WOOSTER, Ohio — U.S. Sen. Dianne Feinstein, D-Calif., introduced legislation May 24 designed to increase the cage space given to egg-laying hens.
The bill, Senate Bill 3239, is being called the Egg Products Inspection Act Amendments of 2012, and mirrors a bill introduced in January by the U.S. House of Representatives.
The legislation would essentially double the required space given per hen and require hens to be provided the ability to exhibit natural behaviors through an enriched housing system that would include bird perches, nesting boxes and scratching areas.
Both bills follow an agreement reached with the animal rights organization Humane Society of the United States and United Egg Producers in July.
“This legislation is a compromise between HSUS and UEP, with both organizations stretching themselves in order to find a solution that’s good for animal welfare, for the industry, and for the nation as a whole,” said Wayne Pacelle, president and CEO of HSUS, in a released statement. “There’s no reason for Congress to do anything but enthusiastically embrace this sort of problem-solving by the primary stakeholders.”
Greg Gregory, United Egg Producers president, said the compromise is a way to provide uniformity in the egg industry. Currently, states are setting their own animal welfare and care standards, which could result in different or competing standards over time.
“This legislation will help ensure the American consumers continue to have a wide variety and uninterrupted supply of eggs at affordable prices,” Gregory said in a statement. “Our industry is being endangered by the growing patchwork of differing and contradictory state laws and ballot initiatives that are impeding the free flow of interstate commerce in eggs.”
But the legislation is still a dividing point for other farm organizations and even some other animal rights organizations, who say a federal egg laying standard would set a dangerous precedent for other species and livestock farmers.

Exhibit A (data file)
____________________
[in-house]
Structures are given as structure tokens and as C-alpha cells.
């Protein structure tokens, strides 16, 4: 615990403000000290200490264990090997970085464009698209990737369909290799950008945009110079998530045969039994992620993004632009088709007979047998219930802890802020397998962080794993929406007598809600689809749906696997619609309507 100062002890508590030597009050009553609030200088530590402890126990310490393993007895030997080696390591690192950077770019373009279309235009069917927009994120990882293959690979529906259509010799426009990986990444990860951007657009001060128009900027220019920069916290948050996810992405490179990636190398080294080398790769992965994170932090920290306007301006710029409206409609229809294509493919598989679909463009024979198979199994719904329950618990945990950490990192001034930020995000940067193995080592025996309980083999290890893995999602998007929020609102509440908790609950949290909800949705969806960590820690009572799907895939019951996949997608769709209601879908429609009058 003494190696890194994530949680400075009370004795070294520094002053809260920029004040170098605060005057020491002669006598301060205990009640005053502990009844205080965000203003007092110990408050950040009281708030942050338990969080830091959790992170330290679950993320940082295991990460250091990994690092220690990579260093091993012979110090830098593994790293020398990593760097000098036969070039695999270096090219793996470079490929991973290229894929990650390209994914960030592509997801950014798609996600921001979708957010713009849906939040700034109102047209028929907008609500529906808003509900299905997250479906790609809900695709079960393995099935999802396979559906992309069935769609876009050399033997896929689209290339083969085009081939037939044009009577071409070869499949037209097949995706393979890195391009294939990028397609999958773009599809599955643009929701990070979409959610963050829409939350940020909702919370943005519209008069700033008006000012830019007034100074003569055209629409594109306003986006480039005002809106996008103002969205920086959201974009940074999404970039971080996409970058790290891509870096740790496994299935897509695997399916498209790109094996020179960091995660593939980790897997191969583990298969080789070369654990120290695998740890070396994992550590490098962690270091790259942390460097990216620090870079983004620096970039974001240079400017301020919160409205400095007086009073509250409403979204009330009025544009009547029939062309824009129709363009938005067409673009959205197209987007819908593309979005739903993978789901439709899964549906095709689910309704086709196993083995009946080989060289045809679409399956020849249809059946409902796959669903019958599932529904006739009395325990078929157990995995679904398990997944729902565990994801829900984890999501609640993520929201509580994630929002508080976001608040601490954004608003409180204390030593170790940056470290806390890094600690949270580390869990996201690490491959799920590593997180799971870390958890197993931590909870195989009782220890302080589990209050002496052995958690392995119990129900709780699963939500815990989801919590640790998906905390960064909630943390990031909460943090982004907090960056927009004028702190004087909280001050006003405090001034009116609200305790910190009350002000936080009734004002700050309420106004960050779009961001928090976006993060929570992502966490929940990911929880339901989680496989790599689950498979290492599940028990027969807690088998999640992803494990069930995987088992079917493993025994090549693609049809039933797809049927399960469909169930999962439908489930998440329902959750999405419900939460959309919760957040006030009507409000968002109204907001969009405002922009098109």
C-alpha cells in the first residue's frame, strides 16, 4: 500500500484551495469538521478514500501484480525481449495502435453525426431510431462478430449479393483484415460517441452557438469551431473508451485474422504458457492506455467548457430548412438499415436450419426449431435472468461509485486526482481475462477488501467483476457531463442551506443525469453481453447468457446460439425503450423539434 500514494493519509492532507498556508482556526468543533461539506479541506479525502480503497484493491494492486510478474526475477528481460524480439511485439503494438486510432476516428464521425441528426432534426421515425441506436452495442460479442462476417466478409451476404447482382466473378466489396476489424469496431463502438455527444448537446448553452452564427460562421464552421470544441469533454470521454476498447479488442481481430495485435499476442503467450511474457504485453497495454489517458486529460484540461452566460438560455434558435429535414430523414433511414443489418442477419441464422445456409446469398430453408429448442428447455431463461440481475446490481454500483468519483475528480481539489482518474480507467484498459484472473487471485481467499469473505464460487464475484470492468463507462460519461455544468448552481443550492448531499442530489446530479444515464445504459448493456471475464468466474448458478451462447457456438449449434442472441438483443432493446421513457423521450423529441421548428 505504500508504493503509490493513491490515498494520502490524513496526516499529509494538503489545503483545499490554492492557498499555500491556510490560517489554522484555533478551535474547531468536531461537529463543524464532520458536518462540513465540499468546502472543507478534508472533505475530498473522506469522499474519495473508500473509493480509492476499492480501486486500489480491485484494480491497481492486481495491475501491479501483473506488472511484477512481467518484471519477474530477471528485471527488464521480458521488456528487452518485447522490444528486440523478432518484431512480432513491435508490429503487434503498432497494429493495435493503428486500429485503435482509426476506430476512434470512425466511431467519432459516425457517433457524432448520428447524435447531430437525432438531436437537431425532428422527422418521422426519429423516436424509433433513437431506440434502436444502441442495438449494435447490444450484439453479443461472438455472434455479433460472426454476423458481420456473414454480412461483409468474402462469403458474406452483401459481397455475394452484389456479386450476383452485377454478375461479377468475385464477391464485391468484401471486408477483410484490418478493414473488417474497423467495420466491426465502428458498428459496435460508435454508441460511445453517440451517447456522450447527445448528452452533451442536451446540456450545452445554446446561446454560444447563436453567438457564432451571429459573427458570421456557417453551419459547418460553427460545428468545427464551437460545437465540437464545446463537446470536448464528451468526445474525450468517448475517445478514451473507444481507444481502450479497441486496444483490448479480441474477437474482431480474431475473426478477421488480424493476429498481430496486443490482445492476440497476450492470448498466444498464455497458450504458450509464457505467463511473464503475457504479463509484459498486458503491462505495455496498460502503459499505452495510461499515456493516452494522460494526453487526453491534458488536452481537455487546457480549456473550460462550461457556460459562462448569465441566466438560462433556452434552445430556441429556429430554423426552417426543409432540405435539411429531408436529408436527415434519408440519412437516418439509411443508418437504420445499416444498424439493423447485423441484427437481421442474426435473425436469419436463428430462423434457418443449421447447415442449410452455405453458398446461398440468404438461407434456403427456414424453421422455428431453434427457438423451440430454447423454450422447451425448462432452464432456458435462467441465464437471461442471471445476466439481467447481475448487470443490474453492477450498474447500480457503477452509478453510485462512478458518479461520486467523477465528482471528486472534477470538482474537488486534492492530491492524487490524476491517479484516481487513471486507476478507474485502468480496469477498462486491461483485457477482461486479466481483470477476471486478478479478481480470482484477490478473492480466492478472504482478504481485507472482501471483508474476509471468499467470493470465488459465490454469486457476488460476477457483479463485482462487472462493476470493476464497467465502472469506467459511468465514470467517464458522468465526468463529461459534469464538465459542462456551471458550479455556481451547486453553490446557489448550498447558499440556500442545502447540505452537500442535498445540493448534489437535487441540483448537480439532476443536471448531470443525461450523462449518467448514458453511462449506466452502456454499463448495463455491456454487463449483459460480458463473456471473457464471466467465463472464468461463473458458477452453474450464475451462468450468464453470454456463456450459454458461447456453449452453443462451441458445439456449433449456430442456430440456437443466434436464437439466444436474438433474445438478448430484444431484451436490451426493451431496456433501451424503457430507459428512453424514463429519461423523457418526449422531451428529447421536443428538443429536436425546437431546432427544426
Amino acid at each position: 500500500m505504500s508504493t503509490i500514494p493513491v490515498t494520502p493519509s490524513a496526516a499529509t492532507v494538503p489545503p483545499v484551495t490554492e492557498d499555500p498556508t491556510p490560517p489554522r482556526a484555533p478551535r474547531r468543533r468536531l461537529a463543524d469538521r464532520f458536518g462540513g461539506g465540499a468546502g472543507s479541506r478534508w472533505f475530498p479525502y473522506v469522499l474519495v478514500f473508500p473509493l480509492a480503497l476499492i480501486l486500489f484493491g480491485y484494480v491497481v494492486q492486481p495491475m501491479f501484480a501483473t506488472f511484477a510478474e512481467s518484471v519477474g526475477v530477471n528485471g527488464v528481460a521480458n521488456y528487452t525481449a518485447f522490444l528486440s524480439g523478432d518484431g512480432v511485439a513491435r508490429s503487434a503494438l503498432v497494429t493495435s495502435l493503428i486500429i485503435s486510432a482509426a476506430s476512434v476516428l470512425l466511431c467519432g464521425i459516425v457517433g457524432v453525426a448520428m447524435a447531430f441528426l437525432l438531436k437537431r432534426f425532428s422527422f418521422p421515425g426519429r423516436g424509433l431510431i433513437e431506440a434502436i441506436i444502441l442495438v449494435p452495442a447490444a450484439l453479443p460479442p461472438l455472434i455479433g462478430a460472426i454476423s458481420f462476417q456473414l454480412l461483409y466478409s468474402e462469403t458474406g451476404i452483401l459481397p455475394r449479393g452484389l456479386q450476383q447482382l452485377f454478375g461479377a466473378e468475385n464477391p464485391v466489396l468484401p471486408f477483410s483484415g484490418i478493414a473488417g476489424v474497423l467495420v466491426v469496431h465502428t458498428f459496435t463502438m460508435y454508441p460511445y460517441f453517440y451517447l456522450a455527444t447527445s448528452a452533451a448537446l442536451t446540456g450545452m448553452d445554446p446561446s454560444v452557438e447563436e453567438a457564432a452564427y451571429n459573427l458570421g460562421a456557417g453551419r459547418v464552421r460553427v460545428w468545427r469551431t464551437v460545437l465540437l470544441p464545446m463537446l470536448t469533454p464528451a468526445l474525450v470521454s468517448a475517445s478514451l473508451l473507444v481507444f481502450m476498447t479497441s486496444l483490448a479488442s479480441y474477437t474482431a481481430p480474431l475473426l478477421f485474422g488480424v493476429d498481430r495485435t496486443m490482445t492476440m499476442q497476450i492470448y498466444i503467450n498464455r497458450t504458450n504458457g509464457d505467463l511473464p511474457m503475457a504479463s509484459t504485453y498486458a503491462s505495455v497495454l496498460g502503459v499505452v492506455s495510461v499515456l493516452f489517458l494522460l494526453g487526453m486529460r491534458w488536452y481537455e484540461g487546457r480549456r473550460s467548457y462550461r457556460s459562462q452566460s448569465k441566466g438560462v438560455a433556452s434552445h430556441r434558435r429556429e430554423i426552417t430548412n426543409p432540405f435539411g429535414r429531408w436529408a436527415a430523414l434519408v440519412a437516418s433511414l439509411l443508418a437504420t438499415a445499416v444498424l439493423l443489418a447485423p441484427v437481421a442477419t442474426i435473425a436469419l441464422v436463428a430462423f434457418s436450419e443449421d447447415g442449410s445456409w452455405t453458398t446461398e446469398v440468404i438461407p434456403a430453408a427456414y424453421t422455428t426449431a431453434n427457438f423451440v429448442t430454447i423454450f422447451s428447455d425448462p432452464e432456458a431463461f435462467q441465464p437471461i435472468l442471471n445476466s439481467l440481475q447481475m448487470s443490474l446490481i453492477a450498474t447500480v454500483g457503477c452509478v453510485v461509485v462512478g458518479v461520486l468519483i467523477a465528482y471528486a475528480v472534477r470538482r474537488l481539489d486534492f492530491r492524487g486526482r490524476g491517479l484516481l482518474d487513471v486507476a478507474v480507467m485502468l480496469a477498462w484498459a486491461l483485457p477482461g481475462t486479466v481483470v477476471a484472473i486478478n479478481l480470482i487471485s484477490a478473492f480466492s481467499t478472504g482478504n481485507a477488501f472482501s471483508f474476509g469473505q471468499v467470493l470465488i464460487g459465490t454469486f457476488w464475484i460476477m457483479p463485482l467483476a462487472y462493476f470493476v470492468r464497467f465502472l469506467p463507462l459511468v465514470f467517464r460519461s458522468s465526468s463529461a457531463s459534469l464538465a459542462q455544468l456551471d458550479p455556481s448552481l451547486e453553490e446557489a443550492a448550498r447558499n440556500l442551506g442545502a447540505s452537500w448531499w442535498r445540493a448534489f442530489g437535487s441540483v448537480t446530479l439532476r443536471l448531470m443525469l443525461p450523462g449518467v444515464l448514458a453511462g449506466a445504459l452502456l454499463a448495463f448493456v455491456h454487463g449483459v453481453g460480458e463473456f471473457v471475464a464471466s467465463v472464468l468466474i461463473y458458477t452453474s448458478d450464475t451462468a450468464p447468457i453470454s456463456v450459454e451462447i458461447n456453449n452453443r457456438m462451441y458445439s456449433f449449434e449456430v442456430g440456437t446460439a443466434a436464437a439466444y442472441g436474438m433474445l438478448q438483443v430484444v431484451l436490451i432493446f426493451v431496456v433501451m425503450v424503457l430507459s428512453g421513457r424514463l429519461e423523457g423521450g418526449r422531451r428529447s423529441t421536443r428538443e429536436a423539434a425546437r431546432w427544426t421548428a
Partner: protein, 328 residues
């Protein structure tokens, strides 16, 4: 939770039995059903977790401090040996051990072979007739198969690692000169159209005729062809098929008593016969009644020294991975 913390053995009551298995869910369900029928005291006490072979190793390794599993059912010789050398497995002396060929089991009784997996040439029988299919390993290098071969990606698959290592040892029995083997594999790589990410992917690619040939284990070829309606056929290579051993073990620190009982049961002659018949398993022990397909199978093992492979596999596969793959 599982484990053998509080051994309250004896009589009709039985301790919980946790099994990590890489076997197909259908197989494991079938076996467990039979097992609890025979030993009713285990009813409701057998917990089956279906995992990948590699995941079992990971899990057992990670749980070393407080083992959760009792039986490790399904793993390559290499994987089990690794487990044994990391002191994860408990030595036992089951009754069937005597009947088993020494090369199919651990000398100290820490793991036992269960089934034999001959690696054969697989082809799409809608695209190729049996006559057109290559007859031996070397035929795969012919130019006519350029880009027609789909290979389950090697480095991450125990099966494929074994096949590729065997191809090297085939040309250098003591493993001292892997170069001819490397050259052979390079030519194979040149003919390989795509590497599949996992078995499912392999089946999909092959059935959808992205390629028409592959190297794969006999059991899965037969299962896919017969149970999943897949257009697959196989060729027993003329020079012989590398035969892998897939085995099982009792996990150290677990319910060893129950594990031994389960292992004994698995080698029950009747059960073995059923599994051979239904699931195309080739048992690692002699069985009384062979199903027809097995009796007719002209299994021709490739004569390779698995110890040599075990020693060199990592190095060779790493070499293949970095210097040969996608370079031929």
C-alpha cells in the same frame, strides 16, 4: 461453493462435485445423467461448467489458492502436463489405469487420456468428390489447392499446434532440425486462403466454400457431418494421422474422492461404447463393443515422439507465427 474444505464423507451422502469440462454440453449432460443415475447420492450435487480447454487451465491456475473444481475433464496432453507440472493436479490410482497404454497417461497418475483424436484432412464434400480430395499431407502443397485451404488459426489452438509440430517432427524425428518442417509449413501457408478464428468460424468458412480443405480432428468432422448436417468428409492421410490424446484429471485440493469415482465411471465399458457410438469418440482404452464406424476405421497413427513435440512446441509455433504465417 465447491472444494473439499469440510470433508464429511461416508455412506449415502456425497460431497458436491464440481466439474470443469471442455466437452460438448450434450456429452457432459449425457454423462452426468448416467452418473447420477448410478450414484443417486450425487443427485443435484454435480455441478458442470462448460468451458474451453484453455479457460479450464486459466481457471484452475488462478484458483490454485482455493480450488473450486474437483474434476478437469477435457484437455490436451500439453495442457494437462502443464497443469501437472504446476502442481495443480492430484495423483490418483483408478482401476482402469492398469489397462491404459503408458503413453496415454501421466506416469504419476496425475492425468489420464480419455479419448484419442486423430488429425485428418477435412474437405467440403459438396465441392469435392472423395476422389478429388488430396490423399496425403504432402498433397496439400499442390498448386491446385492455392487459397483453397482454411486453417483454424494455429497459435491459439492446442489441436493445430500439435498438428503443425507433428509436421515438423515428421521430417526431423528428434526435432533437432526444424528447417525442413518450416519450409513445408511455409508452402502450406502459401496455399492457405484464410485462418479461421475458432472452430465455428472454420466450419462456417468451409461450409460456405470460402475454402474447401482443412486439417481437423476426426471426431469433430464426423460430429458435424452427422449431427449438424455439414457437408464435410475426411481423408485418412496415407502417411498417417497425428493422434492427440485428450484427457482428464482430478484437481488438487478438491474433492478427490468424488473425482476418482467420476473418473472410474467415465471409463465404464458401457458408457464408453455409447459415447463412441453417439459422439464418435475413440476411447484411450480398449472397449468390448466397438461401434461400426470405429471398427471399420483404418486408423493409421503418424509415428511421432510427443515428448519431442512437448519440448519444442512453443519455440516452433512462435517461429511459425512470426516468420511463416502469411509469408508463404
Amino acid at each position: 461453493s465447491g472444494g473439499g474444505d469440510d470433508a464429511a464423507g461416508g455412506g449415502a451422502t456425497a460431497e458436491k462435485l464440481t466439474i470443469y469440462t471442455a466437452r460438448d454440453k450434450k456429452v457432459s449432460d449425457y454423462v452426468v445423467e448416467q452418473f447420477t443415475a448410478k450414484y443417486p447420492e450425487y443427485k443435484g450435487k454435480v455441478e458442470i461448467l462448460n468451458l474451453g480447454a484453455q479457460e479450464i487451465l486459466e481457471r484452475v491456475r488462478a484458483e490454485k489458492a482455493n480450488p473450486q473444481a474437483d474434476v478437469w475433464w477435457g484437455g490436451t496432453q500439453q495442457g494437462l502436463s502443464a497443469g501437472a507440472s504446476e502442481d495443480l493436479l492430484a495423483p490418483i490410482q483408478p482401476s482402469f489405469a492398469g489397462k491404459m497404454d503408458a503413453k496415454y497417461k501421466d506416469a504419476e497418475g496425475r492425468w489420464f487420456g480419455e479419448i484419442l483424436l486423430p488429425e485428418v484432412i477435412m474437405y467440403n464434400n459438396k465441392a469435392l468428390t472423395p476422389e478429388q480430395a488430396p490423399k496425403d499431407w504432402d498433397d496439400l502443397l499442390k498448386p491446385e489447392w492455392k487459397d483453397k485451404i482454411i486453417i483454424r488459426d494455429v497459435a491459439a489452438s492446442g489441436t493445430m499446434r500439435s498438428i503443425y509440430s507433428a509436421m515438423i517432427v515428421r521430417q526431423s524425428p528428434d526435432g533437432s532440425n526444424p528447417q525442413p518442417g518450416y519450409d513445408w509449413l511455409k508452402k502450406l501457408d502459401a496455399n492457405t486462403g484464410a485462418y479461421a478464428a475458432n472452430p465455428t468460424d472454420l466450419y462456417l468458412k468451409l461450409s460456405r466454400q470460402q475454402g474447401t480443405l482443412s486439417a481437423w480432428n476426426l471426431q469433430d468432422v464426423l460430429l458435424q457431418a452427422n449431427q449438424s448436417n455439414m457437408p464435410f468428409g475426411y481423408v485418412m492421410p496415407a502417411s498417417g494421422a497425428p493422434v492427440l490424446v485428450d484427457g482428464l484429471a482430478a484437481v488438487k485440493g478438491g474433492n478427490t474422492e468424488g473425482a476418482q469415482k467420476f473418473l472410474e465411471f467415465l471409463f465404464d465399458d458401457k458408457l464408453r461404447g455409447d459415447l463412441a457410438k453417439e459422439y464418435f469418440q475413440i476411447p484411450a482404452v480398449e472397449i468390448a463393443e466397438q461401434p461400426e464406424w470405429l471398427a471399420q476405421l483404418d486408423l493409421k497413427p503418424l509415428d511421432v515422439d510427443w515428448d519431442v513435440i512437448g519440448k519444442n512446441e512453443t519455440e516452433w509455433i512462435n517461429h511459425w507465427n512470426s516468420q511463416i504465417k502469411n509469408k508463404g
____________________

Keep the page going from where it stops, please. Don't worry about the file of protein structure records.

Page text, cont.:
American Farm Bureau President Bob Stallman in January, said the House bill would ban proven science-based egg production methods.
“This bill would result in mandated animal care standards based largely on the political goals of an animal rights group that seeks to eventually shut down animal agriculture by government mandate,” he said. “The bill ignores the science supporting the consensus among mainstream agricultural veterinarians, animal scientists and livestock producers.
Although this bill concerns only poultry producers, Stallman added it will “undoubtedly be used to bully other livestock producers.”
National Cattlemen’s Beef Association President J.D. Alexander spoke against the bill in April.
“My biggest concern with H.R. 3798 is that outside groups with no knowledge of the industry will be dictating my livelihood and potentially compromising the welfare of my livestock,” Alexander said in a press statement. “This legislation creates a slippery slope. Today, it’s egg farmers but tomorrow it could be any other segment of animal agriculture and we’re not going to let that happen.”
In the bill
• Labeling on all egg cartons nationwide to inform consumers of the method used to produce the eggs: “eggs from caged hens,” “eggs from hens in enriched cages,” “eggs from cage-free hens” and “eggs from free-range hens.”
• Prohibit feed or water-withdrawal molting to extend the laying cycle, a practice prohibited by the United Egg Producers Certified program.
• Require standards approved by the American Veterinary Medical Association for euthanasia of egg-laying hens.
• Prohibit excessive ammonia levels in hen houses.
• Prohibit the transport and sale of eggs and egg products nationwide that don’t meet these requirements.
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